Peter Kiley, Brewmaster
When I think of the classic beer styles that have filled our glasses for hundreds of years, I think of the greats like saisons, stouts, lagers, and pilsners, just to name a few. But each of these famous styles were once revolutionary in their own time. They all disrupted the status quo, forever changed the landscape of beer, and have continued to evolve and shift as time goes on. But who would have guessed a thick, sweet, and fruity beer would emerge from the beautiful and bitter India Pale Ale? Nevertheless, here we are in 2019, brewing the milkshake IPA.
To say a milkshake IPA is similar to a classic IPA would be like saying a cotillion is similar to Mardi Gras on Bourbon Street—sure, they’re both formal gatherings, but that’s about where the similarities end. There is a massive gap between the realities of these two liquids.
Even though the definition can be ambiguous, most people agree on the basics of a milkshake IPA. It’s a New England-style IPA (NEIPA) with:
- Irresponsible amounts of unfermentable sugars (i.e. Lactose)
- Fruits and purees
- A slew of ingredients that you could find at a Coldstone Creamery ice cream shop
As you read this you might think that I have a beef with this style. Quite the contrary—this beautiful beast of a beer is freedom in a glass. It’s an open invitation for any brewer to just have fun, and a chance to explore beer in a way that doesn’t require adherence to heritage. The near-total lack of expectations and standards is liberating.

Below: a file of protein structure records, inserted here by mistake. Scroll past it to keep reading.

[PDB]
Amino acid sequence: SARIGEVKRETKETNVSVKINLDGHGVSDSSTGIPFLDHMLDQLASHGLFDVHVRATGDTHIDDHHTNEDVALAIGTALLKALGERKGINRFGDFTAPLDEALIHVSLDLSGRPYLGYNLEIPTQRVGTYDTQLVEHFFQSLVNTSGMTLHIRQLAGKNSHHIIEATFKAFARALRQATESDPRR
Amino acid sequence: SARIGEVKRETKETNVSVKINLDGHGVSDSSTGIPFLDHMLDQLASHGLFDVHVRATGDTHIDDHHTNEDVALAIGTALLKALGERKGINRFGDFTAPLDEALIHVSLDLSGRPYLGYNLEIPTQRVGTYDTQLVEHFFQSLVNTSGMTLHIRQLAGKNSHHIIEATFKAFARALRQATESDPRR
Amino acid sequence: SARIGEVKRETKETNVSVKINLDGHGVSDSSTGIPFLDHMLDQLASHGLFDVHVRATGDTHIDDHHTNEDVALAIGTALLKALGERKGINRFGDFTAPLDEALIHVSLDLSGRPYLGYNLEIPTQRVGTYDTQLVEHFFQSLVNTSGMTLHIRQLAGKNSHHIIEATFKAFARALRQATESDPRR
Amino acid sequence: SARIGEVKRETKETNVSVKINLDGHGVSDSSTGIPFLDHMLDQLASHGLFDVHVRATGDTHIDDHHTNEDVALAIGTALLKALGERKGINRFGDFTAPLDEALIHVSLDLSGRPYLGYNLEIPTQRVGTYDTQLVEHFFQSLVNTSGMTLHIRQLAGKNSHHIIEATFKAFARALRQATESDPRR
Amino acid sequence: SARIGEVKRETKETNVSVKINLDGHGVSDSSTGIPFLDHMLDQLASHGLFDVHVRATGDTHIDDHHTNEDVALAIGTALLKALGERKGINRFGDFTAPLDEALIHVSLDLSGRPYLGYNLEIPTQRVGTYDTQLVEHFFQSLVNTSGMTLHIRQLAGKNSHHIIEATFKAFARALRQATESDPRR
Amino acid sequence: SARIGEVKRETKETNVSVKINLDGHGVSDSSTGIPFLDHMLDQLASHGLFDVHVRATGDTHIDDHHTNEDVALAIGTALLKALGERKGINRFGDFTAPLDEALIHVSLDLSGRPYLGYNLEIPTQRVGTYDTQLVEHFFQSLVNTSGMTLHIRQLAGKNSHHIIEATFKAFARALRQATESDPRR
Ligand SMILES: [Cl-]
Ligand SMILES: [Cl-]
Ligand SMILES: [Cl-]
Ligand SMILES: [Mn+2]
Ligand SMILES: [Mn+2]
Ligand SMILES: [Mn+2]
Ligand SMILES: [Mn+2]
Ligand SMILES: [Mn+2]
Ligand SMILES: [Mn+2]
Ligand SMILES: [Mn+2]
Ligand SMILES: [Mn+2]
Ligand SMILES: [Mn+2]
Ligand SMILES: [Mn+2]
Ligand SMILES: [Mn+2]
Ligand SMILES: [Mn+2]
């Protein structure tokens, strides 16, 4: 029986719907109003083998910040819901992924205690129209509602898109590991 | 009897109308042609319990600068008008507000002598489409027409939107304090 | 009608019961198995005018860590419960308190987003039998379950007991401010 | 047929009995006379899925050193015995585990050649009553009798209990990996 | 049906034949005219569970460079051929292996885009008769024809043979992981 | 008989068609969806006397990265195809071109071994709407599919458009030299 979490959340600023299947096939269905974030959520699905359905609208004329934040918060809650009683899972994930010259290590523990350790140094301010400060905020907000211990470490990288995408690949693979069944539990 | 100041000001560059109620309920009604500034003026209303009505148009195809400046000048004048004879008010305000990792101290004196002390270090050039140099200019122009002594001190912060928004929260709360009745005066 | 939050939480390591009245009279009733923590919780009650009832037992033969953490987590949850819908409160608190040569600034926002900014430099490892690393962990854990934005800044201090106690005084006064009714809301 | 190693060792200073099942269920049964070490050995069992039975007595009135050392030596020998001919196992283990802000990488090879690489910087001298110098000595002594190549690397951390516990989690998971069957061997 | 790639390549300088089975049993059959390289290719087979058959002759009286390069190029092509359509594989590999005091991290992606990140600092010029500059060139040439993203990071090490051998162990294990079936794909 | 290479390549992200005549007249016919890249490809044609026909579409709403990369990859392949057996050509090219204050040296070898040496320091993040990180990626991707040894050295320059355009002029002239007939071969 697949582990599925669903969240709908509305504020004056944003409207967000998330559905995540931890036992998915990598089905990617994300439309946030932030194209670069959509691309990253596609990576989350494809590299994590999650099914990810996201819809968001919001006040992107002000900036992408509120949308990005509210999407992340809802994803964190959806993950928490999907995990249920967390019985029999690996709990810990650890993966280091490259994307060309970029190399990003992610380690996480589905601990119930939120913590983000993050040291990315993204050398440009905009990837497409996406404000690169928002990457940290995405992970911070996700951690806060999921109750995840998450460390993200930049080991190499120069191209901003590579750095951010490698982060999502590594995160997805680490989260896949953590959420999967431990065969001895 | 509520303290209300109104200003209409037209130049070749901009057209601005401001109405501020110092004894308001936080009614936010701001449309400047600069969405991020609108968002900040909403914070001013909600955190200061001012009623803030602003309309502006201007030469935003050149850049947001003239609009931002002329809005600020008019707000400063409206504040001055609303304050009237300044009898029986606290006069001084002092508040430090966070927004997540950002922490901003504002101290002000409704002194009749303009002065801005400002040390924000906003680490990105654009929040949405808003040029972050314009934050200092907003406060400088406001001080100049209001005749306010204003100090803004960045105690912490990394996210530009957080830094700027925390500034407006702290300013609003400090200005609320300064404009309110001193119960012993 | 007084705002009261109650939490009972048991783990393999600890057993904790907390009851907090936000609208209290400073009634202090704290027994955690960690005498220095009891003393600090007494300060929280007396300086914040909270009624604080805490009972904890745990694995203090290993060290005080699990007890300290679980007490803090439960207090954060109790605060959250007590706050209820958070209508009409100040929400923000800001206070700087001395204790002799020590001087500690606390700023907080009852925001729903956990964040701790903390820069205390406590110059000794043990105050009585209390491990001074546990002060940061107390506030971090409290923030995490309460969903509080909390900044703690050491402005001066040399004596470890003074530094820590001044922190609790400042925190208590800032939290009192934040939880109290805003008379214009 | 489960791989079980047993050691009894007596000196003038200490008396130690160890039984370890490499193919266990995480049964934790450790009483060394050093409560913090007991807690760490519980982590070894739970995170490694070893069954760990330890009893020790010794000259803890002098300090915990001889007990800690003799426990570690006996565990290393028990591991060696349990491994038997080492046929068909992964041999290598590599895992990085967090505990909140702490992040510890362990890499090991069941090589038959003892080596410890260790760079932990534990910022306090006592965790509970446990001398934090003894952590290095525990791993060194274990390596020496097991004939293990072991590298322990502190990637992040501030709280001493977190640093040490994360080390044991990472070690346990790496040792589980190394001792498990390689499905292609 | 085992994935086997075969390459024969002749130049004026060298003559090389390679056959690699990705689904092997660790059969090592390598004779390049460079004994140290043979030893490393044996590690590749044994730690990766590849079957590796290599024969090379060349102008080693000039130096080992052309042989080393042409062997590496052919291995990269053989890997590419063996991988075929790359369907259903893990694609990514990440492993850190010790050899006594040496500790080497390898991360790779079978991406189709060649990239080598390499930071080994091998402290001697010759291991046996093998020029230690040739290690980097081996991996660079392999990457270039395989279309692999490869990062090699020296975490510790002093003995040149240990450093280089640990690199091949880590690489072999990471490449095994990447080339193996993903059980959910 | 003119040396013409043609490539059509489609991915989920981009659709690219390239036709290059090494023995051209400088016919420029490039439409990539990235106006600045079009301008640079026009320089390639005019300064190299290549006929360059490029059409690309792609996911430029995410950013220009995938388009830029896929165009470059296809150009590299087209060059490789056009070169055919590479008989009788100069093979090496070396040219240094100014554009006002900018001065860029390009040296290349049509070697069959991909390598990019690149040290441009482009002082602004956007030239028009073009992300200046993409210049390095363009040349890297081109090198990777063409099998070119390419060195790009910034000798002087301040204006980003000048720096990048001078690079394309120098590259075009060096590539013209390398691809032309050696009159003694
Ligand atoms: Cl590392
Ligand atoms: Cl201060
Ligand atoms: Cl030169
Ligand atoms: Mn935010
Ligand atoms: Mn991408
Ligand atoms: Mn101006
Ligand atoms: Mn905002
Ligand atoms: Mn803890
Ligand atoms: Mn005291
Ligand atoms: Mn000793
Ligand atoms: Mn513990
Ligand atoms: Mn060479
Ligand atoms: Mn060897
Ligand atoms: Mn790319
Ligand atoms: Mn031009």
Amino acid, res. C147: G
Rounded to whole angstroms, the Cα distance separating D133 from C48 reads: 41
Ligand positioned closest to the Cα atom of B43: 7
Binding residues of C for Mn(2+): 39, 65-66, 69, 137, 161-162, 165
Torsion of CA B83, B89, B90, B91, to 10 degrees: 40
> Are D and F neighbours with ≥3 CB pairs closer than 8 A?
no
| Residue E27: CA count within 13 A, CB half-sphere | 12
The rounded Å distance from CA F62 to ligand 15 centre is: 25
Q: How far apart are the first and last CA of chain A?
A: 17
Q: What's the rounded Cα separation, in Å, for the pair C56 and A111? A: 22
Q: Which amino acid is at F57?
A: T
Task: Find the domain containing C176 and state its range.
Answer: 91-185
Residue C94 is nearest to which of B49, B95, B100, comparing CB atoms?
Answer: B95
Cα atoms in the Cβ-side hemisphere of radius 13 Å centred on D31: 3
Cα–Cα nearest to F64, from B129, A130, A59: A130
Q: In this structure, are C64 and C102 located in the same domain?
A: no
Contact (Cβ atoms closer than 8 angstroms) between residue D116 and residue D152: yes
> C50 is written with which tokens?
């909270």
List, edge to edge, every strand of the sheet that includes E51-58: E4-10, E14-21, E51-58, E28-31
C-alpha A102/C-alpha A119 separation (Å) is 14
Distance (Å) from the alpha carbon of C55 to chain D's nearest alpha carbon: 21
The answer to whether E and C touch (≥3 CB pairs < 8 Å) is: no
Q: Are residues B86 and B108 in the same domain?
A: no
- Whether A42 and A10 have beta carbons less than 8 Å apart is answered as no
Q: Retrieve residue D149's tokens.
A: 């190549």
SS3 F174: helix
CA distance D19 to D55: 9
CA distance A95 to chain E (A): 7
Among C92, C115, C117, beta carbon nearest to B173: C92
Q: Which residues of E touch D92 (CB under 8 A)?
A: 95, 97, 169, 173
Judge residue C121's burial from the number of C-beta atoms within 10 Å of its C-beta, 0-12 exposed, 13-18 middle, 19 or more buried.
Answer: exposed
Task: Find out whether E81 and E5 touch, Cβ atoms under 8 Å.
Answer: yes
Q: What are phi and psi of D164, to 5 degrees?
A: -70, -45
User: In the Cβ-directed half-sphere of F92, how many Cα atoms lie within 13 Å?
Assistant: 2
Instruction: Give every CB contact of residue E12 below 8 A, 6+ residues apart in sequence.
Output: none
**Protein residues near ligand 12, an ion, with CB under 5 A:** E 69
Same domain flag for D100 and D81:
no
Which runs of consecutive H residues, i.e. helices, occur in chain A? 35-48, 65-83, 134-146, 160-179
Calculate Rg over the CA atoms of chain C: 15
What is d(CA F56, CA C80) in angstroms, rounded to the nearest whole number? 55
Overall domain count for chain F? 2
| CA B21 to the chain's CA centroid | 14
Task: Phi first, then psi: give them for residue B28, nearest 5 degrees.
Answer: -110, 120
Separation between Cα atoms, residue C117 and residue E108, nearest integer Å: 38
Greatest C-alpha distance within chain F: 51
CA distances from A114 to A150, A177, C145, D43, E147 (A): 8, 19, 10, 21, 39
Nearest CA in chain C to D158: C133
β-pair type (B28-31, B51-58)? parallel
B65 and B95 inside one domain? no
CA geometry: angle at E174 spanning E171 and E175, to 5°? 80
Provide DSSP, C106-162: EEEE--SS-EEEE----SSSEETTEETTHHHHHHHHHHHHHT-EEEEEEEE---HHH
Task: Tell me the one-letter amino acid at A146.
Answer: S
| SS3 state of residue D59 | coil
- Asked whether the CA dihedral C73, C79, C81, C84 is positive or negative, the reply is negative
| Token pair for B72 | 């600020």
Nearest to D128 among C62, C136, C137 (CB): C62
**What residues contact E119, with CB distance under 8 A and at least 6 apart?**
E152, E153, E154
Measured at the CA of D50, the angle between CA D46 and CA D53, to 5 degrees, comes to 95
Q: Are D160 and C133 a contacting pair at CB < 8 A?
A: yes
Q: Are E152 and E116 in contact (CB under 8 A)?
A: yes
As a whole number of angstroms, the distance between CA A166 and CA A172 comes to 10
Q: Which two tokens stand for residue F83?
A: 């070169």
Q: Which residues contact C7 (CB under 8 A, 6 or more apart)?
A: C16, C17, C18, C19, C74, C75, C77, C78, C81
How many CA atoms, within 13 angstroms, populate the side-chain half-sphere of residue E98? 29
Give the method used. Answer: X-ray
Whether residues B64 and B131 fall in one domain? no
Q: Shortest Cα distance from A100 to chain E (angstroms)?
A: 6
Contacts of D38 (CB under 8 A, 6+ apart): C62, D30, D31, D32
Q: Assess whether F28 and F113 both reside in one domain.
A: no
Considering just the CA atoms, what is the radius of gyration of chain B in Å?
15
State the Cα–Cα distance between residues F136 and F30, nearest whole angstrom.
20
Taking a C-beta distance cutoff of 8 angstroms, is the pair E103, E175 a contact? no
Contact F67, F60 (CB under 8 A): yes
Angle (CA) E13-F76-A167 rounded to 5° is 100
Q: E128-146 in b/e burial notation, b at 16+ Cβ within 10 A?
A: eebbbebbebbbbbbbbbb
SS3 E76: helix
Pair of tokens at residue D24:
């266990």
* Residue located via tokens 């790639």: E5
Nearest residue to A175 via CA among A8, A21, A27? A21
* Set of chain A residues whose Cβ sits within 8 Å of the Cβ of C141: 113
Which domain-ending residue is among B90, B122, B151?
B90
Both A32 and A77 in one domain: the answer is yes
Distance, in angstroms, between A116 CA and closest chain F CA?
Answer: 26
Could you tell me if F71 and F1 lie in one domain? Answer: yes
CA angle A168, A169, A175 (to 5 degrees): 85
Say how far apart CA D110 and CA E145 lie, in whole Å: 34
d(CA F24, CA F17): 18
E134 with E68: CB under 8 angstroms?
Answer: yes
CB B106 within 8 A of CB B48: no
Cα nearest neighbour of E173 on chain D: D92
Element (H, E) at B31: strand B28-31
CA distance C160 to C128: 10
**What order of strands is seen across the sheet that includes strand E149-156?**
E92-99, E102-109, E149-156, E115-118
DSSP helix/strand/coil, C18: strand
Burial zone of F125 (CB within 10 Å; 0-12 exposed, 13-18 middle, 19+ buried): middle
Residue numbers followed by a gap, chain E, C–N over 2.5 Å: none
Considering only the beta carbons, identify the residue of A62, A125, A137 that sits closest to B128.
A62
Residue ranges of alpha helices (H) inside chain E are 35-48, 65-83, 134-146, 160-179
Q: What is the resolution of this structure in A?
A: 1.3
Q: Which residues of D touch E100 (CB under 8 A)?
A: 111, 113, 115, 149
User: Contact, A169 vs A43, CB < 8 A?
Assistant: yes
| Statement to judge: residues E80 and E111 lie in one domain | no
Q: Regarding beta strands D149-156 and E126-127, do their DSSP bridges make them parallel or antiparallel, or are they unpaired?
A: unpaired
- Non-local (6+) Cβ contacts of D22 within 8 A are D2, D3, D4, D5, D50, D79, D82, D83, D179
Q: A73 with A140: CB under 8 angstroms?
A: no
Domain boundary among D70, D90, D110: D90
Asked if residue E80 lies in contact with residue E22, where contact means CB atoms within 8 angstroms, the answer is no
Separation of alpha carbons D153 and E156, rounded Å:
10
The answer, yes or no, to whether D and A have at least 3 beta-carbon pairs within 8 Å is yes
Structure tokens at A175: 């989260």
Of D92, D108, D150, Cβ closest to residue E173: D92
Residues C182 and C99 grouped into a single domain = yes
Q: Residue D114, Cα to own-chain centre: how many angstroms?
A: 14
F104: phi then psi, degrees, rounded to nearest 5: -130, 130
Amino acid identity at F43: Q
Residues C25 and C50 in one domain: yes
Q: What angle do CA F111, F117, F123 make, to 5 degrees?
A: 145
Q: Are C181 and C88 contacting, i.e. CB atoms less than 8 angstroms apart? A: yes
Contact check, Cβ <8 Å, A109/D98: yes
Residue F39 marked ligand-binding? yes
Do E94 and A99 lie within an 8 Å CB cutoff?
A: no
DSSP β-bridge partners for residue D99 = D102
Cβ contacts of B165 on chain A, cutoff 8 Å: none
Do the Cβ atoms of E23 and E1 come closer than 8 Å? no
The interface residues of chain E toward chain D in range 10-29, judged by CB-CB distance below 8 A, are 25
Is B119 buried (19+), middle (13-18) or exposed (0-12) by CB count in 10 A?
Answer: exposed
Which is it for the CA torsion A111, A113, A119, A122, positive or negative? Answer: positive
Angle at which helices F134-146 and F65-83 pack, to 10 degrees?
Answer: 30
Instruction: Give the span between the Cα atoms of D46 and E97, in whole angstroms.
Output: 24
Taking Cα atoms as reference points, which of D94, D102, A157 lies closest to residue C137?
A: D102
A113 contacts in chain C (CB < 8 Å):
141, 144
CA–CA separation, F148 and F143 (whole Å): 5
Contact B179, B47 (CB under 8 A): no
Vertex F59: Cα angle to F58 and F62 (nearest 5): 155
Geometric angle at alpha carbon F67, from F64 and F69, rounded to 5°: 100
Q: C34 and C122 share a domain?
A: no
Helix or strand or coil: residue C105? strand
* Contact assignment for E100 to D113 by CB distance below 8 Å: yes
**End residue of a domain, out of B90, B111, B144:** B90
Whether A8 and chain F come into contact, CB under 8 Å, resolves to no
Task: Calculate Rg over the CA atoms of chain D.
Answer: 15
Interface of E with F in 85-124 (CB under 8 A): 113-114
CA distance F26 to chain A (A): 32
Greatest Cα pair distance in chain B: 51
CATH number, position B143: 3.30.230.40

Ever since Tired Hands (Ardmore, Pennsylvania) and Omnipollo (Stockholm, Sweden) put the milkshake IPA on the map, the brewing industry has seen a renaissance of creativity in these crazy pastry/dessert-inspired libations. Our job as brewers is ultimately to explore what beer should be and could be. Styles like the milkshake IPA not only give us the green light to be creative, they require it.
In the months leading up to this event, our innovation team is tasked to create beers that taste like our favorite treats. This is why the style is so great—it forces us as brewers to infuse merit, creativity, and methodology into each glass, in the hopes that we can invoke flavors and memories of a different time, while still respecting the beer. The amount of stimulation and growth that takes place when you try to figure out how to make beer taste like a peanut butter and banana milkshake, or mint chocolate chip ice cream, is just flat out fun.
To kickstart the exploration process, we brew a 30-barrel batch of a milkshake base, split it into a few different fermenters, and develop different ingredient approaches for each beer. The base is the only control in this variable-driven brew. When exploring this style I am reminded of a quote from Adam Savage (formerly of Mythbusters TV show): “Remember kids, the only difference between screwing around and science is writing it down.” Some variables that I would recommend exploring when making this style of beer are:
- Pre- or post-fermentation additions of hops, adjuncts, purees, etc.
- Contact times and temperatures
- Compounding flavors through step additions